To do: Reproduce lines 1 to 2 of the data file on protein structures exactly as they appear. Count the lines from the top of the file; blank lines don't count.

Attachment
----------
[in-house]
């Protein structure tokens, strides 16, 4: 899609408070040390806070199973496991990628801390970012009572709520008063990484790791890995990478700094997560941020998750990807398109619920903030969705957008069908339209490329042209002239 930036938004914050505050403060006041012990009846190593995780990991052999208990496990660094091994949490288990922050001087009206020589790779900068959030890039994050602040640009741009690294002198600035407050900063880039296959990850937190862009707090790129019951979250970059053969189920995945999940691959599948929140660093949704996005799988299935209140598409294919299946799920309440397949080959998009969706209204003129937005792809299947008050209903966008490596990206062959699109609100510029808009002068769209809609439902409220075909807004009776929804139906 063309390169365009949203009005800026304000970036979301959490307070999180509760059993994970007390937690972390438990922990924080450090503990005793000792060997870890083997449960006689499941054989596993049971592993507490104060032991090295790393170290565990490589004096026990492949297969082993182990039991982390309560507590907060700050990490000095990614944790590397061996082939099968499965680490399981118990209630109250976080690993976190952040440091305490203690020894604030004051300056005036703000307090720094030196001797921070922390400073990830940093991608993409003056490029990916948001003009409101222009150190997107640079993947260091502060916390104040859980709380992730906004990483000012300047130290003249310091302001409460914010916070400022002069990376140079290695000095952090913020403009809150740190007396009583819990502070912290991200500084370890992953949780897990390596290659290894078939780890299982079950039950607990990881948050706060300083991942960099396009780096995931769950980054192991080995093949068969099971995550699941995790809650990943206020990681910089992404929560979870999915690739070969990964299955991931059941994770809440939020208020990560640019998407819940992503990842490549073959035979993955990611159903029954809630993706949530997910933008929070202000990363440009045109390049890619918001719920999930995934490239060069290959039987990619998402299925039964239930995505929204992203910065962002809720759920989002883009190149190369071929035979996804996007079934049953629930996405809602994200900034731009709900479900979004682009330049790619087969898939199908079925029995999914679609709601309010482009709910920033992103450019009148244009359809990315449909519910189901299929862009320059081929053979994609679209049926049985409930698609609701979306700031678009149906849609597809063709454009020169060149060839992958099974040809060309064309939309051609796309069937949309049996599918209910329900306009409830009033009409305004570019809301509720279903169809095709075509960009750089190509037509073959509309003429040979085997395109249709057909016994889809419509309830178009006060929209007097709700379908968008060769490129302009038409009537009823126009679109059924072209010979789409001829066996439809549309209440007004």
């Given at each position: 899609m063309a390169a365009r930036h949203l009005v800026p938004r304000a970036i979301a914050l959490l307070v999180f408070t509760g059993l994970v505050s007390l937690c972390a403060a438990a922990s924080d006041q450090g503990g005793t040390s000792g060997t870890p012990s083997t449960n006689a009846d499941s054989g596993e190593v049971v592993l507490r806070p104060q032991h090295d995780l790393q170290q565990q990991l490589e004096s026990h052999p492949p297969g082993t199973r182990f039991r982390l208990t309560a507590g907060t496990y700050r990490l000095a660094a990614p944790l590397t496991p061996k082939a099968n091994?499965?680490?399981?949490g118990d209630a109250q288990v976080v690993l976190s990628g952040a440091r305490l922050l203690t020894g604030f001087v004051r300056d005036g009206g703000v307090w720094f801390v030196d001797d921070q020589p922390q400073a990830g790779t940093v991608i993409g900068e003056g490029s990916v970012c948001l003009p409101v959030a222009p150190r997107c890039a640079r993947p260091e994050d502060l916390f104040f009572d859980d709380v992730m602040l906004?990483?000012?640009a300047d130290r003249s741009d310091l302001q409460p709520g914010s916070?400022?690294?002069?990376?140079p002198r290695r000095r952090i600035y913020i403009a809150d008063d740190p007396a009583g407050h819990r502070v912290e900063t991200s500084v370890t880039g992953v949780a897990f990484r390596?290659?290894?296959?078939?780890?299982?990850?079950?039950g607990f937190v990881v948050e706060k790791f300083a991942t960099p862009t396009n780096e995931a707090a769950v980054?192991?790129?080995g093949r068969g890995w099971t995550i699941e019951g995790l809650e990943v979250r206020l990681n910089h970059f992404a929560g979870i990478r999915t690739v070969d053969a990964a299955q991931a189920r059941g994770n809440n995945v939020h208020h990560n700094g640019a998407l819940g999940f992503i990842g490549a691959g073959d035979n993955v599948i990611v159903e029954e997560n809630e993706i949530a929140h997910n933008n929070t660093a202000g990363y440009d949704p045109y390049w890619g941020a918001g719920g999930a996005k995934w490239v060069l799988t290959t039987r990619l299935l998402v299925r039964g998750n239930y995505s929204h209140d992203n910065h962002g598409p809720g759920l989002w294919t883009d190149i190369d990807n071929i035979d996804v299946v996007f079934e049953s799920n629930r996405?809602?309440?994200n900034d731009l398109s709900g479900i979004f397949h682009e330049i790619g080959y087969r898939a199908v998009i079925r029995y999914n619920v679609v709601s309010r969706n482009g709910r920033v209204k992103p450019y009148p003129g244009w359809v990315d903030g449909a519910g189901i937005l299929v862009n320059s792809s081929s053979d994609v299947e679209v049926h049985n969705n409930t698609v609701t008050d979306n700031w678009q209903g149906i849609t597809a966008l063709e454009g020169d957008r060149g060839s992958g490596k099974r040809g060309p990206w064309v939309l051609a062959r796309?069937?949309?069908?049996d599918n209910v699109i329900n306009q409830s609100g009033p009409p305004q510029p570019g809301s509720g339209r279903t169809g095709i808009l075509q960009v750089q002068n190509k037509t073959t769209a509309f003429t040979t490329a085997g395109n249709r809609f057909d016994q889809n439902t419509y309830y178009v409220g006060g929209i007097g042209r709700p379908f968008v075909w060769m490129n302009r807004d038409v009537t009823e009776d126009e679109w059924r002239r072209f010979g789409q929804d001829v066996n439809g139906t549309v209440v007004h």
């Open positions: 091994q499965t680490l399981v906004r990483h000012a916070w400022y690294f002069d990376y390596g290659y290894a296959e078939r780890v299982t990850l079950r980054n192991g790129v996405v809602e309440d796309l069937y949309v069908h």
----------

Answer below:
[in-house]
């Protein structure tokens, strides 16, 4: 899609408070040390806070199973496991990628801390970012009572709520008063990484790791890995990478700094997560941020998750990807398109619920903030969705957008069908339209490329042209002239 930036938004914050505050403060006041012990009846190593995780990991052999208990496990660094091994949490288990922050001087009206020589790779900068959030890039994050602040640009741009690294002198600035407050900063880039296959990850937190862009707090790129019951979250970059053969189920995945999940691959599948929140660093949704996005799988299935209140598409294919299946799920309440397949080959998009969706209204003129937005792809299947008050209903966008490596990206062959699109609100510029808009002068769209809609439902409220075909807004009776929804139906 063309390169365009949203009005800026304000970036979301959490307070999180509760059993994970007390937690972390438990922990924080450090503990005793000792060997870890083997449960006689499941054989596993049971592993507490104060032991090295790393170290565990490589004096026990492949297969082993182990039991982390309560507590907060700050990490000095990614944790590397061996082939099968499965680490399981118990209630109250976080690993976190952040440091305490203690020894604030004051300056005036703000307090720094030196001797921070922390400073990830940093991608993409003056490029990916948001003009409101222009150190997107640079993947260091502060916390104040859980709380992730906004990483000012300047130290003249310091302001409460914010916070400022002069990376140079290695000095952090913020403009809150740190007396009583819990502070912290991200500084370890992953949780897990390596290659290894078939780890299982079950039950607990990881948050706060300083991942960099396009780096995931769950980054192991080995093949068969099971995550699941995790809650990943206020990681910089992404929560979870999915690739070969990964299955991931059941994770809440939020208020990560640019998407819940992503990842490549073959035979993955990611159903029954809630993706949530997910933008929070202000990363440009045109390049890619918001719920999930995934490239060069290959039987990619998402299925039964239930995505929204992203910065962002809720759920989002883009190149190369071929035979996804996007079934049953629930996405809602994200900034731009709900479900979004682009330049790619087969898939199908079925029995999914679609709601309010482009709910920033992103450019009148244009359809990315449909519910189901299929862009320059081929053979994609679209049926049985409930698609609701979306700031678009149906849609597809063709454009020169060149060839992958099974040809060309064309939309051609796309069937949309049996599918209910329900306009409830009033009409305004570019809301509720279903169809095709075509960009750089190509037509073959509309003429040979085997395109249709057909016994889809419509309830178009006060929209007097709700379908968008060769490129302009038409009537009823126009679109059924072209010979789409001829066996439809549309209440007004």